Modern machine learning tools have demonstrated that learning from data can be greatly beneficial for unsupervised problems. We are developing algorithms that leverage machine learning as well as traditional physics-based models to provide better estimation of underlying structures in MRI. These methods will not only improve our abilities to estimate such latent variables more accurately and with fewer measurements but will provide a robust framework enabling scientists and clinicians to extract information and biomarkers from these latent variables.
A common issue of quantitative MR methods is the poor efficiency in terms of the relation between resolution, signal to noise ratio (SNR), and acquisition time. In research settings, we can often afford to spend longer scan times to enhance SNR or spatial resolution. However, high SNR and long acquisition times are impractical in the clinic and uncomfortable for the participant, further increasing the occurrence of nuisance factors such as motion artifacts. As our research is moving towards multi-contrast integration, reduction of scan time for each contrast modality is becoming more important. It is in this setting that developing methods that require minimal number of measurements can be greatly beneficial. These inverse problems (I.e. reconstruction) are traditionally solved by formulating an optimization problem that can be expensive to compute in practice. Instead, we deploy data-enabled approaches to alleviate this huge computational burden by searching for parametric functions that approximate these solutions more efficiently. These alternatives are given by particular instantiations of deep convolutional networks. While this learning or fitting process can itself be computationally demanding, the load is shifted from deployment (where efficiency is crucial) to training (which can be done off-line and in advance).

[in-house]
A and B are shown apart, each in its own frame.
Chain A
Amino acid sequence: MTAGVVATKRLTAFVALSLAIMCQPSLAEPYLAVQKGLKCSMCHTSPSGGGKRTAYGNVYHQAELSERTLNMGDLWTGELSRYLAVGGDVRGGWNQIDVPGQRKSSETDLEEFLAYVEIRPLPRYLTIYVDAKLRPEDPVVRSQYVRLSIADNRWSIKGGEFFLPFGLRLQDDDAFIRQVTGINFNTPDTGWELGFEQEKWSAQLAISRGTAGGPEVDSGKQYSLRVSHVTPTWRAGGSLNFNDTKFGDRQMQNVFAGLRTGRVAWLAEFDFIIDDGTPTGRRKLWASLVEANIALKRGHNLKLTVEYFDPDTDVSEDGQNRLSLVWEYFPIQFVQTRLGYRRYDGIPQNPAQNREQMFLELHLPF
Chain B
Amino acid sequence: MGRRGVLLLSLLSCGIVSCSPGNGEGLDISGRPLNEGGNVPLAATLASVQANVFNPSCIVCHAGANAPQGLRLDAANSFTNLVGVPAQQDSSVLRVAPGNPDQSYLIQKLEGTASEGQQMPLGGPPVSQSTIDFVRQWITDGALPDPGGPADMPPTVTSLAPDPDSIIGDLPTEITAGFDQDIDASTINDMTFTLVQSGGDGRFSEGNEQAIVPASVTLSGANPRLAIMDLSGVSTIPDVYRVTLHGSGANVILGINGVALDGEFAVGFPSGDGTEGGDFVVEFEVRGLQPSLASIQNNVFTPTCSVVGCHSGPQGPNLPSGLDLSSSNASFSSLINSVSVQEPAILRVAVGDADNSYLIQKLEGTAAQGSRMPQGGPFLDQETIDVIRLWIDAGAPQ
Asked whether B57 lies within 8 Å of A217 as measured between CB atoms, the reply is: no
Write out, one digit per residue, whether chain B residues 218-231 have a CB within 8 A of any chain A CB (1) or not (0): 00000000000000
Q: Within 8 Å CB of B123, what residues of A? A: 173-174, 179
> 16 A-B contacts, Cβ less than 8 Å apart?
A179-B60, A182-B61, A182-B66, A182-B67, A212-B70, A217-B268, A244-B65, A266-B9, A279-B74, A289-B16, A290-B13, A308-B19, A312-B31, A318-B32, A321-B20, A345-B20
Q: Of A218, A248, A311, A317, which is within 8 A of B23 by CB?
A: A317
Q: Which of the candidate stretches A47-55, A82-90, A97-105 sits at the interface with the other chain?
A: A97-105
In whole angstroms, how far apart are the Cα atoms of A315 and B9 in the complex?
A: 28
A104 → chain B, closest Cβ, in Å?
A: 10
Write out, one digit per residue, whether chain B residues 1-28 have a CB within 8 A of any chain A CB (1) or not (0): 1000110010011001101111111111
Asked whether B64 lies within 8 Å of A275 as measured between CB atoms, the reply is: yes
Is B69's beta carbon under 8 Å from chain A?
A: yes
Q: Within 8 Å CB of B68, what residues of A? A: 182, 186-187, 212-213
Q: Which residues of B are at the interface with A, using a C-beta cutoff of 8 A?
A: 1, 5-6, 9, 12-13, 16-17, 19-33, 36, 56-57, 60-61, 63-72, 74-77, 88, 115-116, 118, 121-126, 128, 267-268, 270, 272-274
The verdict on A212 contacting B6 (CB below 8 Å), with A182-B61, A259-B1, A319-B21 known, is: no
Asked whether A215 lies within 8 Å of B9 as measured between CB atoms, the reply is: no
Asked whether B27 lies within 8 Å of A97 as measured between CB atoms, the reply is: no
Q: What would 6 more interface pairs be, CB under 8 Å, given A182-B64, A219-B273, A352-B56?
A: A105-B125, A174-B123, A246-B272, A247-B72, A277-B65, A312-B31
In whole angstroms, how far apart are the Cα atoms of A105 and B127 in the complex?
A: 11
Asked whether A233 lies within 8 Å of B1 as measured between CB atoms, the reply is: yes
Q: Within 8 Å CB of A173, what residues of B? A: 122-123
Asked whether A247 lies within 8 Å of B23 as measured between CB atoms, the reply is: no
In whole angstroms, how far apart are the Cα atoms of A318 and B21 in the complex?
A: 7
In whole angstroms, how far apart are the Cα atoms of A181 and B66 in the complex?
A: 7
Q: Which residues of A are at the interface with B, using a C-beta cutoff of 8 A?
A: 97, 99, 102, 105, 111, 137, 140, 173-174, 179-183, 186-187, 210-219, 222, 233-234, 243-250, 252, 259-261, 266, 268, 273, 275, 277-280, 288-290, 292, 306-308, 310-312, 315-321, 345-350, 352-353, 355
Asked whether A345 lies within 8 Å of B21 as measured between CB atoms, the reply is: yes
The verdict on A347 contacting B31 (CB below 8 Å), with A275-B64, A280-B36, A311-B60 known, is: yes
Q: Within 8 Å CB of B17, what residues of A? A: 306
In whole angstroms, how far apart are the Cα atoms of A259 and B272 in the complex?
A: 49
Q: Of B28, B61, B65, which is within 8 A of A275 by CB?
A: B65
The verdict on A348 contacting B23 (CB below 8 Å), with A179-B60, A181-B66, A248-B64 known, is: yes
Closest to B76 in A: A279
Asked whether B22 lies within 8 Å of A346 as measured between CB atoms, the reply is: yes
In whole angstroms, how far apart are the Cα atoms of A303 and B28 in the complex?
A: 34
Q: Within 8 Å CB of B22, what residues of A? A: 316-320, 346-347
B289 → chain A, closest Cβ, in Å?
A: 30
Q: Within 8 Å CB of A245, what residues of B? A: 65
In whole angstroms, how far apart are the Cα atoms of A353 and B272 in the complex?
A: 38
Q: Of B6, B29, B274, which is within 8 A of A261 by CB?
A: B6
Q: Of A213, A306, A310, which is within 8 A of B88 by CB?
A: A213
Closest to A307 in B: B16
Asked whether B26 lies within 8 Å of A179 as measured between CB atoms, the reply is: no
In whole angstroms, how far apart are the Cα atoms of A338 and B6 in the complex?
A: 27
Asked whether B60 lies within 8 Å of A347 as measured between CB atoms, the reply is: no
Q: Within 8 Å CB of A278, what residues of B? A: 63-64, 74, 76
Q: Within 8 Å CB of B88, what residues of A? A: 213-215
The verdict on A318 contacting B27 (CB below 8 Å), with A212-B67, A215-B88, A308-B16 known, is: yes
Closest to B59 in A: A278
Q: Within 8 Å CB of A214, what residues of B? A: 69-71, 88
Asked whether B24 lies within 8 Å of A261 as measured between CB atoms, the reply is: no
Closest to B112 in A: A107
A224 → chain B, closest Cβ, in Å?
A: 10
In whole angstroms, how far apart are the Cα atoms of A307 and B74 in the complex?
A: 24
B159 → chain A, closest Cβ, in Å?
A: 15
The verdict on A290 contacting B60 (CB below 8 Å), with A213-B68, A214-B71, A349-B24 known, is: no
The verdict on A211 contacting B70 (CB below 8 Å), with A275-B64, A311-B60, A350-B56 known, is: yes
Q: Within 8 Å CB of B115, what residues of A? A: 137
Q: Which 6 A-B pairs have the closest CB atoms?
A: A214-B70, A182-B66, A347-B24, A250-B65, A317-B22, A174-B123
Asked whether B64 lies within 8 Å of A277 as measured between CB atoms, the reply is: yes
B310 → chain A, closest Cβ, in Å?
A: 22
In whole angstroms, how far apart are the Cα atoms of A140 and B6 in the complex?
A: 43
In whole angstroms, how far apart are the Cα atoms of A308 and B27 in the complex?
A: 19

Our goal therefore is to design, implement and validate deep learning based approaches to approximate the solution to inverse problems in MRI while reducing the number of necessary measurements. We will leverage implicit data-adaptive prior knowledge that will provide significantly faster reconstructions and of high SNR and reconstruction quality, even while acquiring a reduced number of measurements.
(1) Lai KW., Aggarwal M., van Zijl P., Li X., Sulam J. (2020) Learned Proximal Networks for Quantitative Susceptibility Mapping. In: Martel A.L. et al. (eds) Medical Image Computing and Computer Assisted Intervention – MICCAI 2020. MICCAI 2020. Lecture Notes in Computer Science, vol 12262. Springer, Cham.